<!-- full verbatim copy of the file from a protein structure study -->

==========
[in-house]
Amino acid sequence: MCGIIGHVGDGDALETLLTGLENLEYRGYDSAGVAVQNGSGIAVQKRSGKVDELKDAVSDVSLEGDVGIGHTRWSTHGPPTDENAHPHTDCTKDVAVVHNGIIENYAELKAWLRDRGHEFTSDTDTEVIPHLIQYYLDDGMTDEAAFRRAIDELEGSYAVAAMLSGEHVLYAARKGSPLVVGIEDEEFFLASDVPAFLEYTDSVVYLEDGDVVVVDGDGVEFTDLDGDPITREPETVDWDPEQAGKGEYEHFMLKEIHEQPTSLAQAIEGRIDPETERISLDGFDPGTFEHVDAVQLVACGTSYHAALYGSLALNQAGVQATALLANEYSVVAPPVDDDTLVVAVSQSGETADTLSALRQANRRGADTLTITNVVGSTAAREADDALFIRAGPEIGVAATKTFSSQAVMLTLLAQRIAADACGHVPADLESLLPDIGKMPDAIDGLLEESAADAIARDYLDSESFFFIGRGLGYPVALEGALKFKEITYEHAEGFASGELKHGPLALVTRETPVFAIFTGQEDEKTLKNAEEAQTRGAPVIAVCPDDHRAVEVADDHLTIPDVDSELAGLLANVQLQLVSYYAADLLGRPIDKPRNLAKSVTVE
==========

[in-house]
Amino acid sequence: MCGIIGHVGDGDALETLLTGLENLEYRGYDSAGVAVQNGSGIAVQKRSGKVDELKDAVSDVSLEGDVGIGHTRWSTHGPPTDENAHPHTDCTKDVAVVHNGIIENYAELKAWLRDRGHEFTSDTDTEVIPHLIQYYLDDGMTDEAAFRRAIDELEGSYAVAAMLSGEHVLYAARKGSPLVVGIEDEEFFLASDVPAFLEYTDSVVYLEDGDVVVVDGDGVEFTDLDGDPITREPETVDWDPEQAGKGEYEHFMLKEIHEQPTSLAQAIEGRIDPETERISLDGFDPGTFEHVDAVQLVACGTSYHAALYGSLALNQAGVQATALLANEYSVVAPPVDDDTLVVAVSQSGETADTLSALRQANRRGADTLTITNVVGSTAAREADDALFIRAGPEIGVAATKTFSSQAVMLTLLAQRIAADACGHVPADLESLLPDIGKMPDAIDGLLEESAADAIARDYLDSESFFFIGRGLGYPVALEGALKFKEITYEHAEGFASGELKHGPLALVTRETPVFAIFTGQEDEKTLKNAEEAQTRGAPVIAVCPDDHRAVEVADDHLTIPDVDSELAGLLANVQLQLVSYYAADLLGRPIDKPRNLAKSVTVE